On Mon, 3 Jan 2000 09:01:06 EST EvMick@aol.com writes:
> In a message dated 1/3/00 1:57:57 AM Central Standard Time,
> email@example.com > writes:
> > > Is there any actual historical evidence that JC even existed?
> > > > > > EvMick
> > The most obvious, or famous, evidence is the New Testament,
> totally apart> > from whether one considers the New Testament to have
> religious> > validity.
> You don't consider it to be just a tiny bit biased?
Biased in the sense that it was written by Christian believers, but
biased documents can still recount truth. Almost any historical account
is written with motive, or bias. A standard challenge historians face is
to discern the truth beyond the slant of the sources they have available.
You are right to be skeptical of specific accounts, as they are almost
all biased in some sense. But if we ignored all biased accounts we would
have practically nothing to go on.
> Some (most?) of the books of the New Testament were allegedly
> Allegedly.....key word here...
> > written by Apostles of Christ who knew him personally during his
> life,> > and were written down in contemporary Greek within a couple
> hundred> > years of the lifetime of Jesus,
> not exactly an eyewitness account...."he said that he said that she
> said that > he said.....for a couple of hundred years?
Well, the original writings were for the most part set down during their
own lifetimes by those who had been in personal contact with Jesus or if
not were nearly contemporary with Jesus and among the earliest
Christians. So the New Testament is for the most part not purported to
be multi-level hearsay. Many of the books of the New Testament are
actual letters which were written down directly by the author and
dispatched to distant Christian communities, who then carefully saved the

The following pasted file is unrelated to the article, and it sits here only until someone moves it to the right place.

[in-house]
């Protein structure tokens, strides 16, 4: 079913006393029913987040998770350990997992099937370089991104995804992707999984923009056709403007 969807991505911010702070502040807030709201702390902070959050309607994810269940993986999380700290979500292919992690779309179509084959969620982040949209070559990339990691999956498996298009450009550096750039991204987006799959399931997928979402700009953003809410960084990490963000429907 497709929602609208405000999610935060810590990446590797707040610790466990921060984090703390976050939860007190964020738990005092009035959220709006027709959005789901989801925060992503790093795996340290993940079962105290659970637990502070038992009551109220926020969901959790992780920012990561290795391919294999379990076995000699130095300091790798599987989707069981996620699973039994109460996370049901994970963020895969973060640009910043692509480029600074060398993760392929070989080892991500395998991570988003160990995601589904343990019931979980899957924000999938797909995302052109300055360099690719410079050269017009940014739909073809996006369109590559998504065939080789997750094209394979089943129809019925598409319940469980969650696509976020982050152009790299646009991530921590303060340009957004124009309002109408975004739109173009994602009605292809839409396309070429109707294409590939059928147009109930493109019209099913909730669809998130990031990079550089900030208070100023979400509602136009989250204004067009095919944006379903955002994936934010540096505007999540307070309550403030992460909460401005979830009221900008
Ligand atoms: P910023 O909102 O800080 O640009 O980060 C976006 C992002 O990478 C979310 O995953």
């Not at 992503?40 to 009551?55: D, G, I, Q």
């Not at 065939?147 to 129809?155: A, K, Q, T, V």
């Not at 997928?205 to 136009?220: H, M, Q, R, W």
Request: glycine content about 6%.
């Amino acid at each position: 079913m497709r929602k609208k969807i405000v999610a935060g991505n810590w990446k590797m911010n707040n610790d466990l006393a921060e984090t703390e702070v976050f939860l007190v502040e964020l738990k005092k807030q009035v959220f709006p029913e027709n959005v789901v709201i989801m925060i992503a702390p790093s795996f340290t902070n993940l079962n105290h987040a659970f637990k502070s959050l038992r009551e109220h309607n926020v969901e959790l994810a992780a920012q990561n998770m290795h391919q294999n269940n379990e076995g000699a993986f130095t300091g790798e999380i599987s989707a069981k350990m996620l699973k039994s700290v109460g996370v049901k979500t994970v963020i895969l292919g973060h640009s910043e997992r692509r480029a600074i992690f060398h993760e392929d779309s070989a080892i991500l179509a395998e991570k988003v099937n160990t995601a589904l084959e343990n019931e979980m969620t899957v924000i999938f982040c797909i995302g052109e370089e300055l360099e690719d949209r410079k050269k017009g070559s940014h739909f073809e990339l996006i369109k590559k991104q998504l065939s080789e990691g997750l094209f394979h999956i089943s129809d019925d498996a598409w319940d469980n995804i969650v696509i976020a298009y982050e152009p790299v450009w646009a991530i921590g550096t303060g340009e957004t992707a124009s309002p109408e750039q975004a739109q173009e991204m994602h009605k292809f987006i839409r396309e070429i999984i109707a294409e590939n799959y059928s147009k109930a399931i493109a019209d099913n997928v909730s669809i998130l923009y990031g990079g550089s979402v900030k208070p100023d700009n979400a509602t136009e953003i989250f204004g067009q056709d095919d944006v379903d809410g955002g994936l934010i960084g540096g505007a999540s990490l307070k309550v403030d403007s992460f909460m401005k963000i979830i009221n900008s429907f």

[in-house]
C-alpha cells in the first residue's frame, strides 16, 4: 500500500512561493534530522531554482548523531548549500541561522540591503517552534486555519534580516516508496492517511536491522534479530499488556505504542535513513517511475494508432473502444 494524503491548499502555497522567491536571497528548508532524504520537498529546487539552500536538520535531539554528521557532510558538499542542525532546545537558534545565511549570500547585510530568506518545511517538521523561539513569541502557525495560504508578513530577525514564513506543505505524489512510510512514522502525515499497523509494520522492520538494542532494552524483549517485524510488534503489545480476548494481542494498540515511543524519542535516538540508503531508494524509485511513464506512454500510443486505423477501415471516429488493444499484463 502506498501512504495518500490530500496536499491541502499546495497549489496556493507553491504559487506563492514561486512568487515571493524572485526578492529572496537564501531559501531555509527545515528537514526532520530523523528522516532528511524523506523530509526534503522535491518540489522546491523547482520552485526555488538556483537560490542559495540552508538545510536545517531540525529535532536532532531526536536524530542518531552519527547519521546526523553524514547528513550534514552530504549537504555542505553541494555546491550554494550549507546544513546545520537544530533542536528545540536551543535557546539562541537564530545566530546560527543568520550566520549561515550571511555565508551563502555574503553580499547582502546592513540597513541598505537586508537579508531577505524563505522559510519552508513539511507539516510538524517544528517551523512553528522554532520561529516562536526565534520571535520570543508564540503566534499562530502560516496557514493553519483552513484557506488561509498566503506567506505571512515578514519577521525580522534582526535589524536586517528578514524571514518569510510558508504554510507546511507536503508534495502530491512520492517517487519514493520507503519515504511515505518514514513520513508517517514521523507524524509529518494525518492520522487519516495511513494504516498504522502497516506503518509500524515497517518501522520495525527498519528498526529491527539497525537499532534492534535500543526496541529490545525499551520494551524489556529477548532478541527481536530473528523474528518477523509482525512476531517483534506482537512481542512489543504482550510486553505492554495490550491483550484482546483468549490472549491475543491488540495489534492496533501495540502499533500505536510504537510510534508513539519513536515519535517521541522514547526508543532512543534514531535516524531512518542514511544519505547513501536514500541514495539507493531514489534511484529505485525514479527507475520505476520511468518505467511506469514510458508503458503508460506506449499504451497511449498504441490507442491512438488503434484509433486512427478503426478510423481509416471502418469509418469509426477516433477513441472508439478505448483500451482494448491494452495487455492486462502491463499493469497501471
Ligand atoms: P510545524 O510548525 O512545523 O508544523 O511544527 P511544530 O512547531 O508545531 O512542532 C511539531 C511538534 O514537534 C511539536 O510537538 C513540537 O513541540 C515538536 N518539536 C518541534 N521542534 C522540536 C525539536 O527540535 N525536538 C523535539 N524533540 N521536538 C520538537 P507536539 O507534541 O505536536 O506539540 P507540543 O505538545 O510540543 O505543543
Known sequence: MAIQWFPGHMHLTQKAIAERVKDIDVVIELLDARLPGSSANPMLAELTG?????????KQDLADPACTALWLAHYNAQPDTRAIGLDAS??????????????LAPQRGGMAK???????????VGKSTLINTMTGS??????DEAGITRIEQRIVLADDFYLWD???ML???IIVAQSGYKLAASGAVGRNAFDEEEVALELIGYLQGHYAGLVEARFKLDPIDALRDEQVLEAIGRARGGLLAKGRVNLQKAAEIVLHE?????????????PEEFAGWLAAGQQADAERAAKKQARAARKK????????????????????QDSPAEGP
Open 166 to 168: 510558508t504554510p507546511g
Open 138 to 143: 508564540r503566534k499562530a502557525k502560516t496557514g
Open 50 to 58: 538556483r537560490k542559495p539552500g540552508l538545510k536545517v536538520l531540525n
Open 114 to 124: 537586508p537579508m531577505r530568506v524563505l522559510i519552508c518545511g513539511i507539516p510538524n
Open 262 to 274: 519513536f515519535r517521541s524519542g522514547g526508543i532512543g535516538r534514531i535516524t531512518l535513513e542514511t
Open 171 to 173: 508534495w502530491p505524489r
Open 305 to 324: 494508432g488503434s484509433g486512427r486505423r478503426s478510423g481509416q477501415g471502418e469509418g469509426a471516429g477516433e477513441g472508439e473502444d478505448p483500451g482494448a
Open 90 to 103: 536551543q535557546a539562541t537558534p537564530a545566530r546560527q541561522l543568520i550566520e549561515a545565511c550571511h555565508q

letters out of respect for the writer and the writing, much as a modern
American might save a letter from, say, President Kennedy, and perhaps
frame it and keep it on the wall.
> you missed my point is suppose... Is there any independent
> historical evidence that JC existed?
Ah. You asked for evidence, so I thought of the New Testament, which is
well-known and highly accessible, not realizing that you wanted evidence
from sources other than adherents of Christianity.
Is his existence mentioned by
> contemporary Roman historians for example?
Good question. Jesus was put to death in a manner used for common
criminals, but for largely political reasons, because he was becoming
very popular, what with going around performing miracles and attracting
large admiring crowds among the Jews, many of whom resented Roman rule.
But then the imperial Romans were commonly executing subversives and
rebels, so the killing of Jesus would not have seemed very noteworthy at
the time by observers in Rome. But later, when Christianity spread to
Rome itself, and the authorities tried to suppress it, there was a
mounting crisis which ended in the conversion to Christianity of the
Emperor Constantine, whereupon Christianity went from being a banned
religion to being the official state religion. Surely that would have
been a major news item of the time, and indeed it is commonly accepted
today as historical fact. But actual verbatim contemporary accounts may
be hard to come by due to the widespread destruction and loss of
documents associated with the fall of the Empire and the long Dark Ages.
> > Dozens, if not hundreds, of towns and other sites mentioned in
> the New> > Testament are identifiable today, some with a high degree
> confidence,> > with ruins and physical features which can be directly
verified > in person> > by a modern visitor. Numerous artifacts of
various types, > including> > pottery and hundreds of thousands if not
millions of coins from > the> > general era of Jesus still exist and
provide abundant evidence of > the> > historical context in which rulers
or governors held power in > particular> > regions at particular times
surrounding the places and times
> associated> > with Jesus.
> And your point is? UFO sitings routinely identify local towns?
Contextual accuracy and consistency would mostly serve to show that the
New Testament was not, say, written by monks in Ireland in 1200 A.D. who
were not familiar with eastern Mediterranean lands, falsely palming it
off as ancient writings. An account which is internally consistent and
which meshes with other accounts of the same subject from other sources
has more credibility than one which is inconsistent and is at odds with
other credible writings.
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